One of the uncommon Americans of the eighteenth century is a man so neglected today that the Dictionary of American Biography, which lists the great and the not-so-great of the past, does not bother to include him. Yet he is a far worthier and more interesting figure than many of the second-rate politicians who clutter the pages of official biography. Many of the Founding Fathers knew and respected his work. Jefferson admired him and helped to make his reputation. Washington's Administration appointed him to a federal post. The name of this man, a fine scientist and mathematician, is Benjamin Banneker. He was a Negro.
Banneker's life is an American Story, and his origins fit the pattern. Though he himself was born free, his father had been a slave; his grandfather was an African prince and his grandmother an English maidservant.
Sometime around 1692 a white woman, Mollie Welsh (or Welch), bought a slave named Bannaky, a dignified and intelligent man of royal African descent and of "very agreeable presence." Mollie herself had been, in effect, a white slave. An English farm maid, she had been accused of stealing a pail of milk and sentenced to be shipped to America. Unable to pay her passage, she was indentured to a Maryland tobacco planter for seven years. When her time was up, she had managed to save enough money to buy a small plantation and two slaves, one of whom was Bannaky.
The blond Mollie--"a person of exceedingly fair complexion and moderate mental powers"--was attracted to her handsome slave, gave him his liberty and soon thereafter married him. They had four children, one of whom, Mary, also married an African slave after giving him his freedom and her family's surname, then Anglicized to Banneker (also spelled Bannaker). Benjamin was a child of this union.
Grandmother's favorite. Benjamin Banneker was raised on his parents' 120-acre farm (bought for 17,000 pounds of tobacco) at Ellicott's Mill, near Baltimore. He was the favorite grandchild of Mollie, who, moved by the boy's intelligence and eagerness for books, taught him all she knew, mostly stories from the Bible and religious exercises. She encouraged Benjamin to attend a small neighboring school, where he learned to read and write. That was the extent of his formal schooling. Despite "his obvious mental gifts, further education was out of the question for him, even though he was a freeman. There was, in fact, little difference in the treatment accorded colored people, regardless of status. Moreau de St. Mery, a Frenchman who toured the United States in the administration of President Washington, was shocked by the widespread misery and unhappiness of the Negro population. "Free men of color," he wrote in his American Journey, "are no better treated than the slaves, except for the fact that no one is allowed to beat them."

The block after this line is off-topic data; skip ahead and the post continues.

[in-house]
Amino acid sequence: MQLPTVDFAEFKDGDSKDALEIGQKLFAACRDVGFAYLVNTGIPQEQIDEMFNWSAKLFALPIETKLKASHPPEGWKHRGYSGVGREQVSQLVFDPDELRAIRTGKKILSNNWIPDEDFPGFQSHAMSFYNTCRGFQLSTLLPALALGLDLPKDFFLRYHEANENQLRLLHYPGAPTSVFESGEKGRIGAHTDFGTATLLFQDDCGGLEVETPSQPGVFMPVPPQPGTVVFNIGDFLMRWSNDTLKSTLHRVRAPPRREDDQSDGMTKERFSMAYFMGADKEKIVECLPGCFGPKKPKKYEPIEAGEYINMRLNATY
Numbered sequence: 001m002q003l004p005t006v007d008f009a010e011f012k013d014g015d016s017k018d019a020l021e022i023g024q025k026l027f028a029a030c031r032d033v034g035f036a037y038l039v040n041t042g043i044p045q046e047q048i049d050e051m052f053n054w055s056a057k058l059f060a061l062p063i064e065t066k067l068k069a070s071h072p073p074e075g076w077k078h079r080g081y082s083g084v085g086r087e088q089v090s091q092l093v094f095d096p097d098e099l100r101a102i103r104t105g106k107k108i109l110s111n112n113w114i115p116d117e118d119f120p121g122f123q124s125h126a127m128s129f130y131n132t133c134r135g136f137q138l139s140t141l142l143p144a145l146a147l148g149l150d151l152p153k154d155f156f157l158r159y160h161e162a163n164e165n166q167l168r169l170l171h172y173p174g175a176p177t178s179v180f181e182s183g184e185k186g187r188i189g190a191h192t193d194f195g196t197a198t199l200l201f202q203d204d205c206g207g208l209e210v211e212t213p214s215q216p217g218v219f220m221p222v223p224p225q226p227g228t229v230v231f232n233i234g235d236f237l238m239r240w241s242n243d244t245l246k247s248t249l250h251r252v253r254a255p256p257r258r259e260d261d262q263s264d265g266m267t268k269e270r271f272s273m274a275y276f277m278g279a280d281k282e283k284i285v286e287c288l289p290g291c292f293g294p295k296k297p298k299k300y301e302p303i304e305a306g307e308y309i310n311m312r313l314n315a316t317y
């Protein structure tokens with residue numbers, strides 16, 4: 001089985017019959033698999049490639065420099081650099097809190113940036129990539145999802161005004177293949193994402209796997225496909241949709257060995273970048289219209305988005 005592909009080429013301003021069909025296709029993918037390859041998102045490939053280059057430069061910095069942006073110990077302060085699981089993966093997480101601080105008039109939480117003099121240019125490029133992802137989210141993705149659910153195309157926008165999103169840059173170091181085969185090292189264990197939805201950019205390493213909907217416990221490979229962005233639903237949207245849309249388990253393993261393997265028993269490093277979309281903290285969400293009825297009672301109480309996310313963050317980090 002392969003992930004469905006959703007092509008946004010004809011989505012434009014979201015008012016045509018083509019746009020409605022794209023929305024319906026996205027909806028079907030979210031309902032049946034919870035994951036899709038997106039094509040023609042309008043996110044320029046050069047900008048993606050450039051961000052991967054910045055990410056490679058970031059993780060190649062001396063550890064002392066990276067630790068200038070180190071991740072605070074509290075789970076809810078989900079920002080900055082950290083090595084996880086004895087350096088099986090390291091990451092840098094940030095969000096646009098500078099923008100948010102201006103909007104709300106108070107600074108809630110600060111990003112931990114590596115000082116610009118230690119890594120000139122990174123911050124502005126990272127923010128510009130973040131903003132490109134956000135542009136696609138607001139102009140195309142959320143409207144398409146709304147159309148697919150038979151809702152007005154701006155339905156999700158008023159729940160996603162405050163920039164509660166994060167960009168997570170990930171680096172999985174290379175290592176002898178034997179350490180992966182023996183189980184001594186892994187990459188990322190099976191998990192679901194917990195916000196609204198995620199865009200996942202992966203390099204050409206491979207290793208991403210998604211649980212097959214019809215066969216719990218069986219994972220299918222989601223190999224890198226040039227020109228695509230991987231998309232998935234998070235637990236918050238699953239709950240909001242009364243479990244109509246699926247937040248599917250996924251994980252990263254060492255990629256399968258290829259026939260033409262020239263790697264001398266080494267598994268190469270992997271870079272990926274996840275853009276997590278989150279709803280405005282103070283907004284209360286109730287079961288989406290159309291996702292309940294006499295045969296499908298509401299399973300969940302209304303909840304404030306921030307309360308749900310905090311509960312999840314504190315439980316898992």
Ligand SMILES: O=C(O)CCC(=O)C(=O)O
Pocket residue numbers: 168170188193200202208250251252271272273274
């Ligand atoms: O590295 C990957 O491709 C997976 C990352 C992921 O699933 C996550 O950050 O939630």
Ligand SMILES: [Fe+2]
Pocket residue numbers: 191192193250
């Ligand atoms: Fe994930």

Benjamin Banneker had better luck than most. He was not only comparatively well-to-do, but he was also fortunate in his near neighbors. From his father he inherited 72 acres, which he operated as a prosperous farm, growing fruit and raising cattle and bees. But his greatest blessing was the Ellicotts. This was a family of cultured Quakers whose characters were free of the vulgarity of race prejudice and whose minds were open to the liberal and scientific ideas of the day. The brothers Ellicott--Andrew, Benjamin and George, the first two of whom later became the surveyors of the District of Columbia and helped to lay out the city of Washington--befriended their neighbor Banneker in every possible way.
The Ellicotts liked the way Banneker ran his farm and they liked his quiet dignity, his gentle manners and his air of philosophical serenity. But what impressed them most was his intellectual curiosity and scientific bent. Untaught, and possessing virtually no books, Banneker showed himself to be an accurate observer of natural phenomena and a brilliant mathematician. Heaven only knows what he would have turned out to be had he been trained. The Ellicotts, who settled near Banneker's farm when the latter was in his forties', did what they could to encourage his scientific interests. They lent him a few precious books--Mayer's Tables, Ferguson's Astronomy, Leadbetter's Lunar Tables--which Banneker absorbed hungrily and with such success that he surprised the Ellicotts by finding flaws and suggesting accurate corrections in some of the astronomical charts.